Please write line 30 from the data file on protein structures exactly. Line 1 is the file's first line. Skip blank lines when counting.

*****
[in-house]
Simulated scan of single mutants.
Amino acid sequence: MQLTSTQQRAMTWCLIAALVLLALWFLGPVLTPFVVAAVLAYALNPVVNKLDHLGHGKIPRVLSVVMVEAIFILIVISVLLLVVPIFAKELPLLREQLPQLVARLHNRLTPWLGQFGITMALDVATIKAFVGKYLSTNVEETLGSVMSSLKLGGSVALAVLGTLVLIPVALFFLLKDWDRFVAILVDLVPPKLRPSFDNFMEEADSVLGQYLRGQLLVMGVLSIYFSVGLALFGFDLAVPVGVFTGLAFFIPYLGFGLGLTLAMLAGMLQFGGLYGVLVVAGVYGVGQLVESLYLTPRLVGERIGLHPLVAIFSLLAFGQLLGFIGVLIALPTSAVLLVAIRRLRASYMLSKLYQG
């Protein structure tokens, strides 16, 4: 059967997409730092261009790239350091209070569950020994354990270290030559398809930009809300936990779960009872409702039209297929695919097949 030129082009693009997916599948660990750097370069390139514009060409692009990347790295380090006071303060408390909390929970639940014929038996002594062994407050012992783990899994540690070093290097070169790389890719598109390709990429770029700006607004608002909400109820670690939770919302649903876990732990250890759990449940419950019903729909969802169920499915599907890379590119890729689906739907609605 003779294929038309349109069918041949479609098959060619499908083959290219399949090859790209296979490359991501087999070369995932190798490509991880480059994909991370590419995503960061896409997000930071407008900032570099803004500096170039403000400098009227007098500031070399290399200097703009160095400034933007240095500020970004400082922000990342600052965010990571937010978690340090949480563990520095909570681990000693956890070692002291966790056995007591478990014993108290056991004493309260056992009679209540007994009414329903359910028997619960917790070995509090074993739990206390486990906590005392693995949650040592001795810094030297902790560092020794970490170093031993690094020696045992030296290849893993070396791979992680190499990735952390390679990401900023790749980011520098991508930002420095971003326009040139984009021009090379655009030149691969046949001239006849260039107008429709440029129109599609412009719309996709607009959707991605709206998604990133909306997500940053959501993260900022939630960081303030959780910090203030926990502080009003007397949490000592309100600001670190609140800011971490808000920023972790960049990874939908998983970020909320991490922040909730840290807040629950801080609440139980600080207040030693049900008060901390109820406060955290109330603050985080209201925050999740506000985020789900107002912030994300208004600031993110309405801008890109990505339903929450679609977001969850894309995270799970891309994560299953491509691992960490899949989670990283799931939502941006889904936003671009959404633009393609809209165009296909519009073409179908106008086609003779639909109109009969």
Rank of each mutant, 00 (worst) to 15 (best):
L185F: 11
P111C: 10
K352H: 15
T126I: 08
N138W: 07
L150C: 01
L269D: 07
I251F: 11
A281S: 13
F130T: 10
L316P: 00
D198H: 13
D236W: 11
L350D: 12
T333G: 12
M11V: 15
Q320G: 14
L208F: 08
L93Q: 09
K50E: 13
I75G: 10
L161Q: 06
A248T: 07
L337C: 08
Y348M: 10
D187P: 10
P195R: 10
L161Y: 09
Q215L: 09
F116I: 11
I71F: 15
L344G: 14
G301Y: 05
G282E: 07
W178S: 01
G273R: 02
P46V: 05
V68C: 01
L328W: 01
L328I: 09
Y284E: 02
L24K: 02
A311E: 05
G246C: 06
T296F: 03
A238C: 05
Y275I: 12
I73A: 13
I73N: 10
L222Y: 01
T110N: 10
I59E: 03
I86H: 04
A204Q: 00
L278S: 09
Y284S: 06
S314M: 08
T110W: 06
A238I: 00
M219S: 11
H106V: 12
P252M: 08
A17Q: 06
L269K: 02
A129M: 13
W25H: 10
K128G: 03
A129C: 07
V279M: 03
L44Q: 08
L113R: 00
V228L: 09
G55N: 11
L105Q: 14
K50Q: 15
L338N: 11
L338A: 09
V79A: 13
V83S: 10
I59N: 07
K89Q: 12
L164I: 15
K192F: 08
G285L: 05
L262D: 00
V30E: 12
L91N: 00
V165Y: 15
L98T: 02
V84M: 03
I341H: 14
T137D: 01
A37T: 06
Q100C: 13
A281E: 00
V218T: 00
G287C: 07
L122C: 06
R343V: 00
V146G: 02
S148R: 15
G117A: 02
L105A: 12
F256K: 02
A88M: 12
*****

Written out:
Y348M: 10